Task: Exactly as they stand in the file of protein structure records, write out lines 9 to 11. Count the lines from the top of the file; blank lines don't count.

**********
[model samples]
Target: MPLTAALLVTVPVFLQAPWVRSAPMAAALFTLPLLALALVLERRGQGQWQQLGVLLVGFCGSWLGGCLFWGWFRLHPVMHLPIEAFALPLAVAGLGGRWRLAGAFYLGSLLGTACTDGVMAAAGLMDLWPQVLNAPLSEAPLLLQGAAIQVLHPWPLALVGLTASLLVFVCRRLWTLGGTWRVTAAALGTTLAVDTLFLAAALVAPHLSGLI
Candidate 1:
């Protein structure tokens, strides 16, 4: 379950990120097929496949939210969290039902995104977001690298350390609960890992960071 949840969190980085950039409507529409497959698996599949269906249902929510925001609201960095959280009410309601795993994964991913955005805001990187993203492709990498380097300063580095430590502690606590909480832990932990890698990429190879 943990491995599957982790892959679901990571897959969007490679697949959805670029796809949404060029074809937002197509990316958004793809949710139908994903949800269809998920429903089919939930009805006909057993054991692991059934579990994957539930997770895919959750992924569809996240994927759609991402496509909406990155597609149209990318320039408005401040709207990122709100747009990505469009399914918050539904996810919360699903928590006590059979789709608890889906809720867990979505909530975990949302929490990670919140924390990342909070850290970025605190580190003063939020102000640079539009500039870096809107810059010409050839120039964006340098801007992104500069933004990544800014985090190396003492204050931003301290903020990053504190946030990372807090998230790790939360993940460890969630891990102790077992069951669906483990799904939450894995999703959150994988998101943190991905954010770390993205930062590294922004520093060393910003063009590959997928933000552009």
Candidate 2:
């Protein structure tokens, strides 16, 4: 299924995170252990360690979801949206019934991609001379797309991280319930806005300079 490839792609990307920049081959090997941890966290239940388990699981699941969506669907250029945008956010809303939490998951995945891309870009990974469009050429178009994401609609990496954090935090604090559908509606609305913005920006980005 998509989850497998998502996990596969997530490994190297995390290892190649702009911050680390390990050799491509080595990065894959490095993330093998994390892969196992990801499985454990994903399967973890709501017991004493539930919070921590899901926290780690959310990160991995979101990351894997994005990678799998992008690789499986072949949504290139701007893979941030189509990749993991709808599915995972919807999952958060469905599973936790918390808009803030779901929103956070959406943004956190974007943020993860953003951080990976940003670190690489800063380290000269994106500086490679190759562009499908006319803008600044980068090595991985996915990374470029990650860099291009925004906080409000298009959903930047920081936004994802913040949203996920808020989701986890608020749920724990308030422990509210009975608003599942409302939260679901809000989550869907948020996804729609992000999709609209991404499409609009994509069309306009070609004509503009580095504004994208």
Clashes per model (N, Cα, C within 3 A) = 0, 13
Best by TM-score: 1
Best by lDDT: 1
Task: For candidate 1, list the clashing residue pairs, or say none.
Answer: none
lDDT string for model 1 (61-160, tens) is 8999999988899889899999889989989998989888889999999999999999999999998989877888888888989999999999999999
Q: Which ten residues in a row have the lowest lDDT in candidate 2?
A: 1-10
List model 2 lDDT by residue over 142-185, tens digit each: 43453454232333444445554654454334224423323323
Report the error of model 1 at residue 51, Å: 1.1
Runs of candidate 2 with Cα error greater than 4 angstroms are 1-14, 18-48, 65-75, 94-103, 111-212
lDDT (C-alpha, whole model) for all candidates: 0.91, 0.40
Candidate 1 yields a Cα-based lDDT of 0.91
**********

Best by lDDT: 1
Task: For candidate 1, list the clashing residue pairs, or say none.
Answer: none